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Early school dropouts prevalent  in Nehale

2019-03-11  Obrien Simasiku

Early school dropouts prevalent  in Nehale

OMBOTO - Early dropout is prevalent among lower primary school pupil in the Nehale Lya Mpingana Constituency, especially learners advancing to Grades 5 and 6. 

The exact number is unknown but is believed to be high. This is due to long distances to schools offering upper primary education. Thus, many learners tend to stay away after completing Grade 3 or 4. The constituency is vast and has a bad terrain coupled with no telecommunication networks and no road infrastructures. Thus, the onus is on parents to seek placements for their children at nearby schools, which on average are 20 kilometres away. Pupils the majority below 10- years, are left careless or sometimes with strangers as most of these rural schools do not have hostels and only a few have community shelters. Space is not always guaranteed. 

Another option the parents have is to send the kids to relatives and families in other areas where schools are nearer. Learners at Omboto Primary School situated in Nehale Lya Mpingana are some of the most affected, as the school only offers up to Grade 3, although it has a classroom block with a Grade 4. These were some of the issues raised by parents at Omboto, who appealed to the Ministry of Education, Arts and Culture to increase the curriculum to accommodate Grade 4.

“The situation is very bad as our children taken far away at a very young age where they are unable to take care of themselves. Mostly, they are left alone at schools without anyone taking care of them. They have to fend for themselves to make something to eat. They are just on their own,” Tuuyoleni Fredrick, a parent stressed.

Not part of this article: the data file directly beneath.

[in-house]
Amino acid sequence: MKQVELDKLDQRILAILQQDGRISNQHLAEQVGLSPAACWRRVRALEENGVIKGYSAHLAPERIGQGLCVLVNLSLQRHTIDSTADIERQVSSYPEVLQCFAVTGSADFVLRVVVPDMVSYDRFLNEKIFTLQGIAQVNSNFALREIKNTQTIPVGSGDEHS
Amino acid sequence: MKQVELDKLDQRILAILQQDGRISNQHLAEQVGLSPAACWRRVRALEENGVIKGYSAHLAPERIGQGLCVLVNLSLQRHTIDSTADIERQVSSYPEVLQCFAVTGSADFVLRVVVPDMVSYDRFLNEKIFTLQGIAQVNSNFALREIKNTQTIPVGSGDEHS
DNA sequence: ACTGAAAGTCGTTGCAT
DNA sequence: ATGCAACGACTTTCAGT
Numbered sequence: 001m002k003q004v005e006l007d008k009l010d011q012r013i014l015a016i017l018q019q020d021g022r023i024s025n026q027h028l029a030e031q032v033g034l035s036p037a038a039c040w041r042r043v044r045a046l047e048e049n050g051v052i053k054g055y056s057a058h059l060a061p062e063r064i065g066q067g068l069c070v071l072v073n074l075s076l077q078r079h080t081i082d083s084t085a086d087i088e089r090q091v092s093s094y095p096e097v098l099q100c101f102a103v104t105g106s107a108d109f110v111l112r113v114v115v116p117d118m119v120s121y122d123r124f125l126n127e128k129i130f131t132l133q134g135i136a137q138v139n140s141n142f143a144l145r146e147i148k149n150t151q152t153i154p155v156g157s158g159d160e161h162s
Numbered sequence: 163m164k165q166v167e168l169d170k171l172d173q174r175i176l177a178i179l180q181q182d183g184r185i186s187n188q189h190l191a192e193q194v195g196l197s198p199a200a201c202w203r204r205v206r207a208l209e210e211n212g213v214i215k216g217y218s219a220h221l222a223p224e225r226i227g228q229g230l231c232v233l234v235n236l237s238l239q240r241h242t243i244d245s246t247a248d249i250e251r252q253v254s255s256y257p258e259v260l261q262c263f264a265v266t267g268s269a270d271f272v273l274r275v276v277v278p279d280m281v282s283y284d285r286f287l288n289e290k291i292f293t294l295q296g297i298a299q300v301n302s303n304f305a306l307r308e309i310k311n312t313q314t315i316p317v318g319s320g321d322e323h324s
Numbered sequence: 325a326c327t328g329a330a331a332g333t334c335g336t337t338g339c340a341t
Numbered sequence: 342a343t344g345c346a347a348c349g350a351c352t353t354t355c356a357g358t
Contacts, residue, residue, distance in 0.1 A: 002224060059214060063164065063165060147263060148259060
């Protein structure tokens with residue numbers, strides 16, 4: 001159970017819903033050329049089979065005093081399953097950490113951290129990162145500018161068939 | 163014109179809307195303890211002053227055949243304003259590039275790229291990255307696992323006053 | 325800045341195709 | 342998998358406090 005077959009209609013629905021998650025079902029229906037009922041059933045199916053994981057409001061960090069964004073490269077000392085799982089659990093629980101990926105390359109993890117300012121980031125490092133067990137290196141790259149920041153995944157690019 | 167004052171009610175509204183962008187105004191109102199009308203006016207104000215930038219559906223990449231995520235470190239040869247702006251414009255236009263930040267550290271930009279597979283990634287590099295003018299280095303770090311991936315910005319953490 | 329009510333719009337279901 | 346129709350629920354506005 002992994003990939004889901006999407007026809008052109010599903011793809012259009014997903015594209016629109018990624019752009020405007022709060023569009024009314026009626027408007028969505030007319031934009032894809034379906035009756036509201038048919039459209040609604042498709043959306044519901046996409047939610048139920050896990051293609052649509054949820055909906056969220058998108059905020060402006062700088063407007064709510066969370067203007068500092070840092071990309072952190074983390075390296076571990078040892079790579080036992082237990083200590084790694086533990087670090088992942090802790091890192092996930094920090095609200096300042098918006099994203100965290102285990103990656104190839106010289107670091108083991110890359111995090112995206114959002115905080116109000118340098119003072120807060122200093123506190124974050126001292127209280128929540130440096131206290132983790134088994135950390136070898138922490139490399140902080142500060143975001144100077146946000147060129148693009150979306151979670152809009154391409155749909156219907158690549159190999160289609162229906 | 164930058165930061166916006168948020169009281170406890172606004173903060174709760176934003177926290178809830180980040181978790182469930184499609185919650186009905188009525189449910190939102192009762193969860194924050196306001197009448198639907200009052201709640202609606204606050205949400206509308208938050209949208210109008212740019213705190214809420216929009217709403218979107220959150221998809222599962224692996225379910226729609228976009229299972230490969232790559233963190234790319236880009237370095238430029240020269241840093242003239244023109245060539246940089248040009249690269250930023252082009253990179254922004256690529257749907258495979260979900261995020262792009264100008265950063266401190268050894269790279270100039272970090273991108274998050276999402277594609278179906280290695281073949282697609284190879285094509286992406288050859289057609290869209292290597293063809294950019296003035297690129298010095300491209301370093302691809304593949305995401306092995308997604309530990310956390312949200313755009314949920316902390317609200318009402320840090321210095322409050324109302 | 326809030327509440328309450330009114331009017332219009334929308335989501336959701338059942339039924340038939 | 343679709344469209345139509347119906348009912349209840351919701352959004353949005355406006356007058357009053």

“It is not every parent who is lucky to have relatives that can accept to live with their children, and when that does not work, the parent has no choice but to enrol the learners at the nearest school although far from home. It is like the kids are deserted,” she added. Fredrick said this discourage to stay in school. “Once they come for weekend, they would not want to go back. They will entirely refuse. That could ruin their future. Therefore, I am appealing to the ministry to increase the curriculum, at least by the time they leave Grade 4, they might be a bit grown up,” she appealed.

The Circuit Inspector for Onkumbula, Herman Angula, said the learners’ population is low, thus cannot justify an additional grade. Currently there are 41 learners at the school, with Grade 2 and 3 grouped in one class. Teacher learner ratio for primary is 1:35, and 1:30 for secondary level. There is only two staff members, a teacher and a volunteer. In contrast, Fredrick said the area has many children to sustain the school but the problem is with children from the San community who refuses to attend school or drop out halfway. “We have many of these schools ending in Grade 3 or 4, and they are in fact regarded as uneconomical schools, because of the low population. Thus, its sustainability is volatile. Hence, we are not keen of establishing permanent structures as it can be a waste of resources when the population declines to such an extent that the school can close down,” stressed Angula.  Omboto was supposed to close but did not because somehow they got permanent structure, although something unusual. “If we close it, where will all these kids go? They can’t stay without education,” reasoned Angula. 

It was normal in the region for learners to attend schools faraway, hence parents are encouraged to get involved in the construction of more community hostels to curb the situation where pupils are left without care.

2019-03-11  Obrien Simasiku

Tags: Oshikoto
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